|photo by Kevin Gilbert|
by Susan Kepecs
Here’s your chance to get warmed up for St. Patrick’s Day – Gaelic Storm, at the pinnacle of pan-Celtic pop, whips up a tornado at the Wisconsin Union Theater on Sat., Feb. 19. Once a humble bar band playing weekend gigs at O’Brien’s Irish Pub in Santa Monica, CA., Gaelic Storm catapulted to international success by serving up traditional Irish dance tunes as the Titanic went down in James Cameron’s eponymous 1997 movie. The whirlwind band has blown away Milwaukee’s Irish Fest a time or ten and rocked the rafters at the Majestic, the Stoughton Opera House, and other venues in the vicinity, but this is its first appearance ever on the Union Theater stage.
The band’s seen some personnel shakeups over the years, though lead singer / accordionist Patrick Murphy (a native of Cork, he’s the only born Irishman in the bunch) and guitarist Steve Twigger, who’s English, have fronted the outfit since its start. The rest of the current lineup includes fiddler Jesse Burns, who’s also English, drummer Ryan Lacey, who grew up in California but drank in Irish culture by the pint over a four-year resident stint, and bagpiper Pete Purvis, who hails from Canada.
I had a chance to talk to Twigger about the band’s evolution the other day. Here’s what I found out:
Q: What led to the classic Irish storytelling that goes on during your sets?
A: When I met Patrick, I was playing in rock bands and he’d been doing backroom pub gigs. I was in a transitional period in my life. He and I would party out at my house – we’d have 25-30 people just sitting around telling stories and passing the guitar around. That’s a very old-fashioned way of entertaining yourselves. There were copious amounts of beer that went along with it, of course. And that’s the true story of how the band got started.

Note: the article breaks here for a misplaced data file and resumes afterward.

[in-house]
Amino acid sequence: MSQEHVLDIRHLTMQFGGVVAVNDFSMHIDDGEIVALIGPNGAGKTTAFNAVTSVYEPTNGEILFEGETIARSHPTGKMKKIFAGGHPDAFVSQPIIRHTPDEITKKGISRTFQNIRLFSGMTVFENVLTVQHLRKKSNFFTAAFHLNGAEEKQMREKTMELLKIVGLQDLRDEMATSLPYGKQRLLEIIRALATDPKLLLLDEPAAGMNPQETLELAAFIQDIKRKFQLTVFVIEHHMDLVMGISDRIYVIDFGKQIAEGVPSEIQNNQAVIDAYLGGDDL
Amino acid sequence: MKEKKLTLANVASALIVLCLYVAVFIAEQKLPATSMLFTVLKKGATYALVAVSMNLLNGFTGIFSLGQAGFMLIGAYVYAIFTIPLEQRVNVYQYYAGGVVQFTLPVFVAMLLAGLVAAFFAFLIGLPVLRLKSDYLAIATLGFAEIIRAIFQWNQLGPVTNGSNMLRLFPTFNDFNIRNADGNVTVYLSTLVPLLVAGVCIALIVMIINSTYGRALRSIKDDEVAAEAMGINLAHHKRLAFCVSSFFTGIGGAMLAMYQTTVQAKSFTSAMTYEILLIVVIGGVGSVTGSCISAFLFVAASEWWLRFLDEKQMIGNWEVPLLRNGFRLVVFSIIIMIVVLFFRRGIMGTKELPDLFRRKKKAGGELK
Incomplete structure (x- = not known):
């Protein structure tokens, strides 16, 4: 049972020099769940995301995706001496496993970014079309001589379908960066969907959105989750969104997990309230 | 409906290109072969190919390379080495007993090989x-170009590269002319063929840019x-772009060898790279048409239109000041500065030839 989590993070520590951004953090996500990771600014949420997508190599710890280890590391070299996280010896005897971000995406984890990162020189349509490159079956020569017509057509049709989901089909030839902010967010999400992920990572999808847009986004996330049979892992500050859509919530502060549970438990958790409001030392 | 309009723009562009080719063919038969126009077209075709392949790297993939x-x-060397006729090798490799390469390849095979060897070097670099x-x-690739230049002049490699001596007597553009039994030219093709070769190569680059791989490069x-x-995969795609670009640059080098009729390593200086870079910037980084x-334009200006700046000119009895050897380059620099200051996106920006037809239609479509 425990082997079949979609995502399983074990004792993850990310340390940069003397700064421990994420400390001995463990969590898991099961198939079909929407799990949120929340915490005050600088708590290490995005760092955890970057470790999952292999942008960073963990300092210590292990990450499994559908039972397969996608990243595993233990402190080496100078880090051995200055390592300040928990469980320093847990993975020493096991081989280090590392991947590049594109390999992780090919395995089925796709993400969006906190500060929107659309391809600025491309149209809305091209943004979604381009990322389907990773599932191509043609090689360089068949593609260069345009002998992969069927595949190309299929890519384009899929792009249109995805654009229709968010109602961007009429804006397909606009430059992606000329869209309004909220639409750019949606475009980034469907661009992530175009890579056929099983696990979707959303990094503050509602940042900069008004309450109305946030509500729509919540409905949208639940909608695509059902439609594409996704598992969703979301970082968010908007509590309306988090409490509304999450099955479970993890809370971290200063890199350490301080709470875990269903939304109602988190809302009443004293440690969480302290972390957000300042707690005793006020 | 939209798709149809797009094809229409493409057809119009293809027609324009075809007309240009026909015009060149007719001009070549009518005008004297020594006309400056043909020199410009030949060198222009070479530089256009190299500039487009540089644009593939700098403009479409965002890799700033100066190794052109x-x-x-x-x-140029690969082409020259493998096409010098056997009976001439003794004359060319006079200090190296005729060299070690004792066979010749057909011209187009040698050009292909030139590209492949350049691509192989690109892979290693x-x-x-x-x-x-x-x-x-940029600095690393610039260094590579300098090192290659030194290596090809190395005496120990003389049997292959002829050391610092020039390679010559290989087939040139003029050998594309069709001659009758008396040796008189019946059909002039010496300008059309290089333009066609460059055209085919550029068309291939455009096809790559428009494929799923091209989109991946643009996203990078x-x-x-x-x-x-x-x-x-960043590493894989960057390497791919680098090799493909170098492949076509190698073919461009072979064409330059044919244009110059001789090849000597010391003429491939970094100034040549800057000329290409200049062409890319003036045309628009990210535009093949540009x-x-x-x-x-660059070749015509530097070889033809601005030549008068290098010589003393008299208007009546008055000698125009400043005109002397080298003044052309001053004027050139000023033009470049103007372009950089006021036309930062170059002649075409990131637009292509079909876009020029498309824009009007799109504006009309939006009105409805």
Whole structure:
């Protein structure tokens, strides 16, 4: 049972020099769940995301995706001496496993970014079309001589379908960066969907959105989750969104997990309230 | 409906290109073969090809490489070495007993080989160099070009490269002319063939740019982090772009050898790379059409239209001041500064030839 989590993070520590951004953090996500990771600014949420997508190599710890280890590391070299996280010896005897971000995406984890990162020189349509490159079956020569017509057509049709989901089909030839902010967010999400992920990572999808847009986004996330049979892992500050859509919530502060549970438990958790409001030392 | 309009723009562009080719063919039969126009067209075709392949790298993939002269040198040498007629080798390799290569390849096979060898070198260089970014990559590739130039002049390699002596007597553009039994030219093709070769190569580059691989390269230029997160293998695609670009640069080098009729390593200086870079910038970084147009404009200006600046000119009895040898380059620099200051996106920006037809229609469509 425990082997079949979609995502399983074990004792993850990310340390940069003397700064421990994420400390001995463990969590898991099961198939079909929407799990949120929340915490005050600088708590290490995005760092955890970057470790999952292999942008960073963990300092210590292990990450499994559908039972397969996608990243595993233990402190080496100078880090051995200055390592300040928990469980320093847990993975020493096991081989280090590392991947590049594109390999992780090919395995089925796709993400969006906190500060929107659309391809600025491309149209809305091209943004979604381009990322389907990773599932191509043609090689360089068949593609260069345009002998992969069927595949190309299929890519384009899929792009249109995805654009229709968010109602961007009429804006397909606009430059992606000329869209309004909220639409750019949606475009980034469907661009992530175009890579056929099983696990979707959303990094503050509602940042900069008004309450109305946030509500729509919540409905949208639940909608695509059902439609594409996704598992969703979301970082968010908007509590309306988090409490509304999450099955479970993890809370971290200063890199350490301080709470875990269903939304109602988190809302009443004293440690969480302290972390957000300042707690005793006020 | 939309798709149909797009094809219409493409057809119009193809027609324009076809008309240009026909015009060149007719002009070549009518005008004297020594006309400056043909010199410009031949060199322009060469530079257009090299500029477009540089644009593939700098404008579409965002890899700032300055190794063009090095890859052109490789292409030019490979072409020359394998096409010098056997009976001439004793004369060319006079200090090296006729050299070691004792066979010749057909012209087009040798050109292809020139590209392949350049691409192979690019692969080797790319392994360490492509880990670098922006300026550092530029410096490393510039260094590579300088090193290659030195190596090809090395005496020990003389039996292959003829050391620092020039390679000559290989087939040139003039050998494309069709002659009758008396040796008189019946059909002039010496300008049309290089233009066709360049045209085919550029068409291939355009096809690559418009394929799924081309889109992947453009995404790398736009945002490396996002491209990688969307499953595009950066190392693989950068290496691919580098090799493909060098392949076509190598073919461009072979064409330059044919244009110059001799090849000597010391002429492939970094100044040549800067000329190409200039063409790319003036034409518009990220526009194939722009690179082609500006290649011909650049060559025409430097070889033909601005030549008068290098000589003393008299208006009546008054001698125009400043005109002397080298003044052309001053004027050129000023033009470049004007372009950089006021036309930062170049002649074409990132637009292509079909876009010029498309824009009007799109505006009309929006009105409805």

Before that I’d been in bands that did showcase gigs every two weeks – we rehearsed four times a week to get ready for that, and I was sick of it. I just wanted to play and have the music happen. So we got up onstage [at O’Brien’s] unrehearsed and made it up as we went along. We’d play the same music every week and the same people would come to hear it. We’d do the same song 200 times, but it was always different because of somebody’s reaction to it, or because of what had happened that day with one of us, or what was in the news. We reacted spontaneously to the people and events around us – the music was almost incidental. It’s same process today. Go put on the CD if you want to hear one of our songs exactly as you heard it last time. We’re very organic – every live show is gonna be different.
Q: How did your appearance in Titanic change the band’s trajectory?
A: We weren’t teenagers who’d just had their first beer – we’d already been around the block. So we were very careful and conscious of what was happening. After the movie the phone was ringing off the hook, but we’d set out to play music purely for the fun of it. We turned down many offers because we didn’t want anything to take away that pure joy. Those Sunday evenings at the pub were so magical – we refused to let anything ruin that. When we signed the contract for the movie – it wasn’t a lot of money, by the way – we stood our ground and insisted that they had to fly us back to L.A. for our regular gigs. That was where our purity came from. So when we had the chance to hit the road we said “we’re only gonna do this if it scales up our sound.”